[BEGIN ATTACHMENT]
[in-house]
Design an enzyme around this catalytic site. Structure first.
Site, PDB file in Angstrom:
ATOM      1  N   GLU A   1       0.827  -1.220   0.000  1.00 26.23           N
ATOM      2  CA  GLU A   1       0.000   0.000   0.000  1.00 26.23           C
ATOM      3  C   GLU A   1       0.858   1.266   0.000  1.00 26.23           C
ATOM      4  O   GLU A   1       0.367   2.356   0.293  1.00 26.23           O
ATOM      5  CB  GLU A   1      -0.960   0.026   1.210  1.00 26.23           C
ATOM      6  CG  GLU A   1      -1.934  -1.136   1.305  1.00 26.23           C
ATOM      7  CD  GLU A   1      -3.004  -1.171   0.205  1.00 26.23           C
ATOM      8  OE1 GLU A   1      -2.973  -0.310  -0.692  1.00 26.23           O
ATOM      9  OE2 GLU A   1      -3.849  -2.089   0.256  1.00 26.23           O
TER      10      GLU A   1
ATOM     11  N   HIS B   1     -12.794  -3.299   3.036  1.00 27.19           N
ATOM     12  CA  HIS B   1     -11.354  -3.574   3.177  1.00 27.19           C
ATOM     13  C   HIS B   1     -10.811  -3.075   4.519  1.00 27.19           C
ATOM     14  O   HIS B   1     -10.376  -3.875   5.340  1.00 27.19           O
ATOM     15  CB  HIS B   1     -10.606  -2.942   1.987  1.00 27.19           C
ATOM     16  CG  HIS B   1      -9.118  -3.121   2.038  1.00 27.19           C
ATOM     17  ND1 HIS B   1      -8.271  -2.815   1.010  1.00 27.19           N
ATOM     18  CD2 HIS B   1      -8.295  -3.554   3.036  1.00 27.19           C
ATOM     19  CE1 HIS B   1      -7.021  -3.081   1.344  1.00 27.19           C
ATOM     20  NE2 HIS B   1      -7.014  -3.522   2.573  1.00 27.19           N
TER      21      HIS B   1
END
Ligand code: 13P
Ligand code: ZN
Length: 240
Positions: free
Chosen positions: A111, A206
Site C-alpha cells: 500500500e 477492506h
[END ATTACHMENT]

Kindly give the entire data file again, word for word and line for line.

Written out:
[in-house]
Design an enzyme around this catalytic site. Structure first.
Site, PDB file in Angstrom:
ATOM      1  N   GLU A   1       0.827  -1.220   0.000  1.00 26.23           N
ATOM      2  CA  GLU A   1       0.000   0.000   0.000  1.00 26.23           C
ATOM      3  C   GLU A   1       0.858   1.266   0.000  1.00 26.23           C
ATOM      4  O   GLU A   1       0.367   2.356   0.293  1.00 26.23           O
ATOM      5  CB  GLU A   1      -0.960   0.026   1.210  1.00 26.23           C
ATOM      6  CG  GLU A   1      -1.934  -1.136   1.305  1.00 26.23           C
ATOM      7  CD  GLU A   1      -3.004  -1.171   0.205  1.00 26.23           C
ATOM      8  OE1 GLU A   1      -2.973  -0.310  -0.692  1.00 26.23           O
ATOM      9  OE2 GLU A   1      -3.849  -2.089   0.256  1.00 26.23           O
TER      10      GLU A   1
ATOM     11  N   HIS B   1     -12.794  -3.299   3.036  1.00 27.19           N
ATOM     12  CA  HIS B   1     -11.354  -3.574   3.177  1.00 27.19           C
ATOM     13  C   HIS B   1     -10.811  -3.075   4.519  1.00 27.19           C
ATOM     14  O   HIS B   1     -10.376  -3.875   5.340  1.00 27.19           O
ATOM     15  CB  HIS B   1     -10.606  -2.942   1.987  1.00 27.19           C
ATOM     16  CG  HIS B   1      -9.118  -3.121   2.038  1.00 27.19           C
ATOM     17  ND1 HIS B   1      -8.271  -2.815   1.010  1.00 27.19           N
ATOM     18  CD2 HIS B   1      -8.295  -3.554   3.036  1.00 27.19           C
ATOM     19  CE1 HIS B   1      -7.021  -3.081   1.344  1.00 27.19           C
ATOM     20  NE2 HIS B   1      -7.014  -3.522   2.573  1.00 27.19           N
TER      21      HIS B   1
END
Ligand code: 13P
Ligand code: ZN
Length: 240
Positions: free
Chosen positions: A111, A206
Site C-alpha cells: 500500500e 477492506h